“Are you ready for Christmas?”
That is the question people ask these days, replacing such conversation helpers as “Are we getting snow?” and “How are you?”
It’s true that Christmas will come, ready or not. But, this year, I think about how we got here with a mix of amazement and gratitude, based on a series of events that marked 2010.
I met a guy I’ll call Joseph in August. He bounded into the King’s College radio station during Orientation Week. An easy going guy with a 400 watt grin, he wanted to talk about his love of music, an interest which including meetings with Clapton and Dylan. But, that’s not all that brought Joseph to Wilkes-Barre. Proudly, he told the story of his son, a new student.
The transition from high school to college is sometimes delicate. Even with the wide net of support colleges like King’s provides, not everybody can do it. Joseph’s son, Dave, would be flying very carefully through his first semester.
Dave, a bright young man with a scholarship to match his abilities, had been set to enter college last year. A horrific auto accident changed his fate. A state trooper at the scene called for the investigators who probe fatal crashes. The grave prognosis was relayed to Joseph and his wife.
Joseph braced for the worst. An EMT, he understood the grave nature of what had occurred. His son made it to the hospital. A series of procedures followed. Dave’s brain swelled, so doctors removed parts of his skull. Joseph took a leave of absence from his job and spent the next five months sleeping in hospitals and rehab centers. Progress was slow. Doctors were skeptical, and told Joseph that he was harming his own health by dwelling over Dave. Joseph dismissed their doubts, tending to his son’s wounds and even devising a scheme to feed him. There was no more of a powerful advocate for this young man than his father, tireless and patient in his belief that Dave would get better. Joseph believed his son’s fate would be sealed in the rehabilitation phase of his recovery, and made it his mission to do the best he could so the outcome would match.
Dave’s recovery amazed many. From the date of his accident, Dave had to re-learn everything. He worked diligently, with the tireless persistence of medical personnel and his family. Eventually, he strode across the stage at his high school graduation as the trooper who responded to his “fatal” accident looked on, along with his proud parents.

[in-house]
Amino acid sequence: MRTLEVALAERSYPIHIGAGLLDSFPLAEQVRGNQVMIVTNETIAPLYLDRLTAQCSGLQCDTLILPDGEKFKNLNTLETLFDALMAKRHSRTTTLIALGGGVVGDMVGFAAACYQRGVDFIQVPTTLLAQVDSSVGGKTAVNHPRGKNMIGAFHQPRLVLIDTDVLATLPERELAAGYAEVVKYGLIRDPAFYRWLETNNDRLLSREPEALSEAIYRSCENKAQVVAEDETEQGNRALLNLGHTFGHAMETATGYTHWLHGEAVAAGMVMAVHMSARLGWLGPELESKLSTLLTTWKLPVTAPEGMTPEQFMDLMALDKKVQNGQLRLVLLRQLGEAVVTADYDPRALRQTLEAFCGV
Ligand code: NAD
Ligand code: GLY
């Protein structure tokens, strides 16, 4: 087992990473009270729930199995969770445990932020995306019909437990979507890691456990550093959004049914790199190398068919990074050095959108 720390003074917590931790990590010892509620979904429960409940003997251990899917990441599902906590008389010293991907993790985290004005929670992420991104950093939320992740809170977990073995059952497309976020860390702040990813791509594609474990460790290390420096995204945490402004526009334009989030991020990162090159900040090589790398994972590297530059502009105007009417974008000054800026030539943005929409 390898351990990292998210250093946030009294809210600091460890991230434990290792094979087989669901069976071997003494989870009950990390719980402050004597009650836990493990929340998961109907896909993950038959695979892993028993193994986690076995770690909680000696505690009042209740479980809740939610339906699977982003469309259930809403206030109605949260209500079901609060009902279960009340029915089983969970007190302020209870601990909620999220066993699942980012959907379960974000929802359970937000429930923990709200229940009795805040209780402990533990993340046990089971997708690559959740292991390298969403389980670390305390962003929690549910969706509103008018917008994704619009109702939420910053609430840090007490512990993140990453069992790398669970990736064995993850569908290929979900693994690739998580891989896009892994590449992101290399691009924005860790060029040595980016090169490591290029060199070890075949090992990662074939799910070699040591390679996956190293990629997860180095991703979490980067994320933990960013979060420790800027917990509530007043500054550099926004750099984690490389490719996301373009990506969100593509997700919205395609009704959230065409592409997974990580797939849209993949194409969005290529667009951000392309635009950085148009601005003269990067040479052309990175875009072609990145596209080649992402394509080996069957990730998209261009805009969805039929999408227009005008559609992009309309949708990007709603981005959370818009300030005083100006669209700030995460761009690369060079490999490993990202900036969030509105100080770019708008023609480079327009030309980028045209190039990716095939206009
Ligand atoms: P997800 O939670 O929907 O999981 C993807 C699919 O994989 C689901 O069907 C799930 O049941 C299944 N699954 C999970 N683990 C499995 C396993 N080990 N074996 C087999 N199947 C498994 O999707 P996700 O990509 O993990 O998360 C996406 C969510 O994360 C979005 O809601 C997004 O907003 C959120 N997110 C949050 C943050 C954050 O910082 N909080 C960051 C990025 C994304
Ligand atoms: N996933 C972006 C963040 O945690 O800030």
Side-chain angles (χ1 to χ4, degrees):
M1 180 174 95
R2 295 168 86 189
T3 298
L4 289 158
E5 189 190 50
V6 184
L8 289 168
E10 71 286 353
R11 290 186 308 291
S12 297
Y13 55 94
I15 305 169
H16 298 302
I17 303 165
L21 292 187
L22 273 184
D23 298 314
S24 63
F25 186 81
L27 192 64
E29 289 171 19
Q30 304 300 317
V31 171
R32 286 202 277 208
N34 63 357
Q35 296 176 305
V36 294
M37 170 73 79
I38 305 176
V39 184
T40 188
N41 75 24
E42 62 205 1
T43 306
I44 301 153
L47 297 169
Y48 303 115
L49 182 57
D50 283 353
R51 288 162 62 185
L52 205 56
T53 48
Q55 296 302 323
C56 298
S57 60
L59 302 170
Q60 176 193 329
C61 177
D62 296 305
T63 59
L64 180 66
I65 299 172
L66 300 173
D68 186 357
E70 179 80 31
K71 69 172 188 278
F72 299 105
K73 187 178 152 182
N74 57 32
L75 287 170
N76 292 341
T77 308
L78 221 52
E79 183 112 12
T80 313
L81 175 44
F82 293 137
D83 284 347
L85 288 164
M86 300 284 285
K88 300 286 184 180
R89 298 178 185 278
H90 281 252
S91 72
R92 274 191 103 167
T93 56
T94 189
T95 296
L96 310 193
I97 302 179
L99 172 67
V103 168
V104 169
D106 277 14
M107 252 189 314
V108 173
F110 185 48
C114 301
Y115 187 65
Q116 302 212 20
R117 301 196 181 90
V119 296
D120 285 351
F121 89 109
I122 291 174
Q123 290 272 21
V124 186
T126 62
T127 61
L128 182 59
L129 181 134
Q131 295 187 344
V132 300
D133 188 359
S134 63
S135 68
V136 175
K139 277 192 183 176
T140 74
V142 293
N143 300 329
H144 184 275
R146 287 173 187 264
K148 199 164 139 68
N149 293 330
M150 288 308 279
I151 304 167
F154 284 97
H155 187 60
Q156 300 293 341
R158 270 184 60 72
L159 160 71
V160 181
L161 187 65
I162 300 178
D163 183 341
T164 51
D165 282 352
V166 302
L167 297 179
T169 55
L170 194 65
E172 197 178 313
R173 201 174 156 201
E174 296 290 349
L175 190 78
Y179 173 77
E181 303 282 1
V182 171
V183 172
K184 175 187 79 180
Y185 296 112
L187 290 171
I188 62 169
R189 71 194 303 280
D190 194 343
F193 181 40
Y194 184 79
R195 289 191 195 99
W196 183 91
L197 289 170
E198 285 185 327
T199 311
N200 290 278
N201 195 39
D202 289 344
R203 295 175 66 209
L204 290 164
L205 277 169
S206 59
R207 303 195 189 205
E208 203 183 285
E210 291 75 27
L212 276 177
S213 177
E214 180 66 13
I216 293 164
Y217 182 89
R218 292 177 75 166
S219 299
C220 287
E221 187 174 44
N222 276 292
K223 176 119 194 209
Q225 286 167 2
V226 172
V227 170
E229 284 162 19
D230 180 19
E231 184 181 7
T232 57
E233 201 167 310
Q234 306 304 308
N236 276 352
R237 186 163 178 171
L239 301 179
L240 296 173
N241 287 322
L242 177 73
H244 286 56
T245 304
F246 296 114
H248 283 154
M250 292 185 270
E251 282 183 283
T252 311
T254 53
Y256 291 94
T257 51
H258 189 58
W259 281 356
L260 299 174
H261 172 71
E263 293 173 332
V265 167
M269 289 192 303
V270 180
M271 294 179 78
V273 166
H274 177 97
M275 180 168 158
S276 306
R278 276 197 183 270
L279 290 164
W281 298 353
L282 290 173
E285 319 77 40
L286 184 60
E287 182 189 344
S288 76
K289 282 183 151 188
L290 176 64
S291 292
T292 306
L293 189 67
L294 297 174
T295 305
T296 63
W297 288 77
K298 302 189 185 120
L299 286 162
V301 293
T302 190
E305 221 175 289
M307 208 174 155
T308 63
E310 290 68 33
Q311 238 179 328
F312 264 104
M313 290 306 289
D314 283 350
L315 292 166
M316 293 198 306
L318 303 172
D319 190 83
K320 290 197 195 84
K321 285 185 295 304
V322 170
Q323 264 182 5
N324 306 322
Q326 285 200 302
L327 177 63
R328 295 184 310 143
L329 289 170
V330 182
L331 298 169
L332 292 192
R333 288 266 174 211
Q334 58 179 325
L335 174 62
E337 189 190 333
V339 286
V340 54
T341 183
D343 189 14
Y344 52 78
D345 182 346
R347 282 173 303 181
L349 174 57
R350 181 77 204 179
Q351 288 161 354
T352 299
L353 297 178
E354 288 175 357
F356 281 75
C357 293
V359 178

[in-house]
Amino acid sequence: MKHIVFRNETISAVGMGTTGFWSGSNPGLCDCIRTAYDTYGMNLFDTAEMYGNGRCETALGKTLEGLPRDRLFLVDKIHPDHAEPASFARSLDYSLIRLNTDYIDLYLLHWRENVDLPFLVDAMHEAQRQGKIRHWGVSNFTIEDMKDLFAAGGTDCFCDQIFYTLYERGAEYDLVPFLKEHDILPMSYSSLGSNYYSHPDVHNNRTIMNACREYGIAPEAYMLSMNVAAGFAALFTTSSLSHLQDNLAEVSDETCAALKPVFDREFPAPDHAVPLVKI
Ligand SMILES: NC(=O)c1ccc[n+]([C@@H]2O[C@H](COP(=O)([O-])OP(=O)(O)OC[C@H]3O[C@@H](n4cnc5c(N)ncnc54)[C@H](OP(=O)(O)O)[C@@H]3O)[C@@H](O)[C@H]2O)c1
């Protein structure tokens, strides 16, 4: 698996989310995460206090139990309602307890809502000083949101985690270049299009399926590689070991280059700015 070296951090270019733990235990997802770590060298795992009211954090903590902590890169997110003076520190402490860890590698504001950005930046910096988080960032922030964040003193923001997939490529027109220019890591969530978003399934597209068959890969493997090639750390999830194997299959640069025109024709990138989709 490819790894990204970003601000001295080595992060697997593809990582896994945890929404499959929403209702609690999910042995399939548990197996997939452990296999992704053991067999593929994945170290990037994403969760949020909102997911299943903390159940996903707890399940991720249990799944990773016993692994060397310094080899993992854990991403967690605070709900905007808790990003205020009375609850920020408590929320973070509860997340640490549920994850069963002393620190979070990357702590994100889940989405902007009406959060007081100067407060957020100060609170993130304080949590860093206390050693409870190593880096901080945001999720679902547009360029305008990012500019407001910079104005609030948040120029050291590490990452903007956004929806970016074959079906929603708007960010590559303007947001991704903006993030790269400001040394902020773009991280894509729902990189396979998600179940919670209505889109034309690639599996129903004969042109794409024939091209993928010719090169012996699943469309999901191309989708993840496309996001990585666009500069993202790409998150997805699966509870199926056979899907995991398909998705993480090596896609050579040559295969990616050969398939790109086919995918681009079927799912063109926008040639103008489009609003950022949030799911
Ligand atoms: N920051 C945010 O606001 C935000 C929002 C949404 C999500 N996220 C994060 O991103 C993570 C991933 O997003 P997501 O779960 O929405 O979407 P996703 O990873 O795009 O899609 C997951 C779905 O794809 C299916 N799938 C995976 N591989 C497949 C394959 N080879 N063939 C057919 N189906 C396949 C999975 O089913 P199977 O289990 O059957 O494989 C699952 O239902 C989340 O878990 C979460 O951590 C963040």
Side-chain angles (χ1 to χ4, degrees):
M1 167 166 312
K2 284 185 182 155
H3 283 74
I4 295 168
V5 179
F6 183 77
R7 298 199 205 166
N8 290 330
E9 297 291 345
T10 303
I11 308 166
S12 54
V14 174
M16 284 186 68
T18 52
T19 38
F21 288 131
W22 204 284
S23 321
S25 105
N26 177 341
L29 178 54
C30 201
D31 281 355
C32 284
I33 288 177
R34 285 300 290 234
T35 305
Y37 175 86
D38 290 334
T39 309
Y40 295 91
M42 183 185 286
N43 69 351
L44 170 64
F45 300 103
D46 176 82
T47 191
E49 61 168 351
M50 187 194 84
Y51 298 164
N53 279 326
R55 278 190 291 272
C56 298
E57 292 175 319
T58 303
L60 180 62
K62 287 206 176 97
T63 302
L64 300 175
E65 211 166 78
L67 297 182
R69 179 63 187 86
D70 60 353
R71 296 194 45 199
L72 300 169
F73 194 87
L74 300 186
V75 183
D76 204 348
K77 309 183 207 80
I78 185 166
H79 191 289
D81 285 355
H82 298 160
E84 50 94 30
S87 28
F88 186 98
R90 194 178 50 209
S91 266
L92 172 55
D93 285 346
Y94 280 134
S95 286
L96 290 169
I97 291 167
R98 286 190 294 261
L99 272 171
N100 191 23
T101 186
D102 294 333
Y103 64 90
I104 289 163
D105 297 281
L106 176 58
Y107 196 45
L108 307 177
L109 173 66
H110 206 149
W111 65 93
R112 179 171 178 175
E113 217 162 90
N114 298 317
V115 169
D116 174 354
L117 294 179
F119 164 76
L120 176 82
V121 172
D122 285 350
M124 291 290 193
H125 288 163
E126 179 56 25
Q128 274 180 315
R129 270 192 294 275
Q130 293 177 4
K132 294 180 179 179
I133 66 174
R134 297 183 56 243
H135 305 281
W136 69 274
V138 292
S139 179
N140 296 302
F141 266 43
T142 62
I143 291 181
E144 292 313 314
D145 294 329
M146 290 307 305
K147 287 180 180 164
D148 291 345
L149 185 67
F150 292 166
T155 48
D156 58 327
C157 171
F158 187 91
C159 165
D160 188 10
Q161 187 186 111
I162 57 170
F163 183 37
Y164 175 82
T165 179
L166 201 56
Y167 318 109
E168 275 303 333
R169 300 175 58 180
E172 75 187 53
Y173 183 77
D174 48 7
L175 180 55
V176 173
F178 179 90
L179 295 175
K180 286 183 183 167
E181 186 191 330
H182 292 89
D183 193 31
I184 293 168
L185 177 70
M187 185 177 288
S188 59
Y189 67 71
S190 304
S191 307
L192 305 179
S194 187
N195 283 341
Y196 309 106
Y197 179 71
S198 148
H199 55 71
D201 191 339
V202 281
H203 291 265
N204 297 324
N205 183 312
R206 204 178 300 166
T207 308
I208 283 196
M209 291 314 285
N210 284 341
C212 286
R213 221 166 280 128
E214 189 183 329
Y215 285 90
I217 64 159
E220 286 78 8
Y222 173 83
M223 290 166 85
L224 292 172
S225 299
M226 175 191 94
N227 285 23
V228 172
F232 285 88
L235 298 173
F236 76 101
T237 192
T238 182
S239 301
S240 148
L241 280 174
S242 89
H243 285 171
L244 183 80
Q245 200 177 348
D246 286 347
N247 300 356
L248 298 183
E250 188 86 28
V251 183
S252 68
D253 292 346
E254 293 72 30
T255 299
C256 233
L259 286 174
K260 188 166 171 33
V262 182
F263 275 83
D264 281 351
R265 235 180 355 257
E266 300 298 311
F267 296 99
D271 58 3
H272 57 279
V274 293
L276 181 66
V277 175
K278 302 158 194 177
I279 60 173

Joseph, the caring guardian, was now dropping his son off at college, concerned about how he would do but optimistic that his son’s future was his for the taking.
In December, Joseph came back to the radio station, broad grin intact. He talked about Dave’s first semester, where he faced some challenges but nothing that the young man couldn’t overcome. Joseph, the overseer of an intensive recovery, learned to keep his distance from the young man, who reminded him that a handful of phone calls was not necessary, though I’m sure they were secretly appreciated. Now, it was the end of the semester and Dave had done it, another accomplishment in what could be described as a miracle recovery.
When I think about the hurdles my own family had to clear this year, I stack them up against Joseph and Dave’s obstacles. Mine were most difficult, and a radio career means you have to forget about your own troubles on days when you just can’t. I have to admit there were a handful of days in 2010 when I have no idea what transpired between 9 and noon when I was on the air. There were several days when I really didn’t think I could even finish the show, but God provides. Now, when I feel like I’m carrying the world on my back, I think of a guy who can still smile and his son who did the impossible. This is the kind of inspiration that Christmas brings. Each year, the struggle of Mary, Joseph and their newborn son should inspire awe and hope. This year, I think I am ready for Christmas.